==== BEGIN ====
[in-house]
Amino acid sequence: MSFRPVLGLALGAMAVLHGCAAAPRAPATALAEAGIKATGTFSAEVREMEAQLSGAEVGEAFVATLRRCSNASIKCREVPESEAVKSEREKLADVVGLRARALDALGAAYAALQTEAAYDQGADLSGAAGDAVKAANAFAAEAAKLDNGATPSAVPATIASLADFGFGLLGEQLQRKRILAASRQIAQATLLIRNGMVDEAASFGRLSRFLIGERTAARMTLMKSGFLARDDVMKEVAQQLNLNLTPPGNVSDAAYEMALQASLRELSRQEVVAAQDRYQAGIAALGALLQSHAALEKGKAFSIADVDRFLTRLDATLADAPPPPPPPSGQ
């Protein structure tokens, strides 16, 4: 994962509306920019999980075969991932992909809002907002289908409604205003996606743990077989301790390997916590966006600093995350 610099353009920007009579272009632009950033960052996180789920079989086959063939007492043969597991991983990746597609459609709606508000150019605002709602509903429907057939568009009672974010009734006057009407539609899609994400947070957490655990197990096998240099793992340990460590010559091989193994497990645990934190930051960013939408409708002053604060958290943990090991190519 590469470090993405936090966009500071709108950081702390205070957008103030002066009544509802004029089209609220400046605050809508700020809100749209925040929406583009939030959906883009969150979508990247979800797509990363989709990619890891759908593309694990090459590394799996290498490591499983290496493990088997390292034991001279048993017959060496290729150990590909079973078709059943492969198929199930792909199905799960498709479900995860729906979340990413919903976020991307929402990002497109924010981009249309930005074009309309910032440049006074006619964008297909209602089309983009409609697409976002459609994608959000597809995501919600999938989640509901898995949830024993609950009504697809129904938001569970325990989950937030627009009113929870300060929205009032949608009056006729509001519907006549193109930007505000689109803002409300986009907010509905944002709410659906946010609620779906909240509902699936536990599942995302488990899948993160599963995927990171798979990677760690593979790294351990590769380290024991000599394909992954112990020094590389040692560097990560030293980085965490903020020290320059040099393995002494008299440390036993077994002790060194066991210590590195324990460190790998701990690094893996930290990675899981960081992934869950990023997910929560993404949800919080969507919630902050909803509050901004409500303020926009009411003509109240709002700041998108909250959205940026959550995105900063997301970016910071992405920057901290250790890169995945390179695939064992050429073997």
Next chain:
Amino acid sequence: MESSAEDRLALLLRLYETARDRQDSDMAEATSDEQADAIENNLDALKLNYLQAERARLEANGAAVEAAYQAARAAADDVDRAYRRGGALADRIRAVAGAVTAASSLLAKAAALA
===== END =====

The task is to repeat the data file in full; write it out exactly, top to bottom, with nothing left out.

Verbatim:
[in-house]
Amino acid sequence: MSFRPVLGLALGAMAVLHGCAAAPRAPATALAEAGIKATGTFSAEVREMEAQLSGAEVGEAFVATLRRCSNASIKCREVPESEAVKSEREKLADVVGLRARALDALGAAYAALQTEAAYDQGADLSGAAGDAVKAANAFAAEAAKLDNGATPSAVPATIASLADFGFGLLGEQLQRKRILAASRQIAQATLLIRNGMVDEAASFGRLSRFLIGERTAARMTLMKSGFLARDDVMKEVAQQLNLNLTPPGNVSDAAYEMALQASLRELSRQEVVAAQDRYQAGIAALGALLQSHAALEKGKAFSIADVDRFLTRLDATLADAPPPPPPPSGQ
């Protein structure tokens, strides 16, 4: 994962509306920019999980075969991932992909809002907002289908409604205003996606743990077989301790390997916590966006600093995350 610099353009920007009579272009632009950033960052996180789920079989086959063939007492043969597991991983990746597609459609709606508000150019605002709602509903429907057939568009009672974010009734006057009407539609899609994400947070957490655990197990096998240099793992340990460590010559091989193994497990645990934190930051960013939408409708002053604060958290943990090991190519 590469470090993405936090966009500071709108950081702390205070957008103030002066009544509802004029089209609220400046605050809508700020809100749209925040929406583009939030959906883009969150979508990247979800797509990363989709990619890891759908593309694990090459590394799996290498490591499983290496493990088997390292034991001279048993017959060496290729150990590909079973078709059943492969198929199930792909199905799960498709479900995860729906979340990413919903976020991307929402990002497109924010981009249309930005074009309309910032440049006074006619964008297909209602089309983009409609697409976002459609994608959000597809995501919600999938989640509901898995949830024993609950009504697809129904938001569970325990989950937030627009009113929870300060929205009032949608009056006729509001519907006549193109930007505000689109803002409300986009907010509905944002709410659906946010609620779906909240509902699936536990599942995302488990899948993160599963995927990171798979990677760690593979790294351990590769380290024991000599394909992954112990020094590389040692560097990560030293980085965490903020020290320059040099393995002494008299440390036993077994002790060194066991210590590195324990460190790998701990690094893996930290990675899981960081992934869950990023997910929560993404949800919080969507919630902050909803509050901004409500303020926009009411003509109240709002700041998108909250959205940026959550995105900063997301970016910071992405920057901290250790890169995945390179695939064992050429073997």
Next chain:
Amino acid sequence: MESSAEDRLALLLRLYETARDRQDSDMAEATSDEQADAIENNLDALKLNYLQAERARLEANGAAVEAAYQAARAAADDVDRAYRRGGALADRIRAVAGAVTAASSLLAKAAALA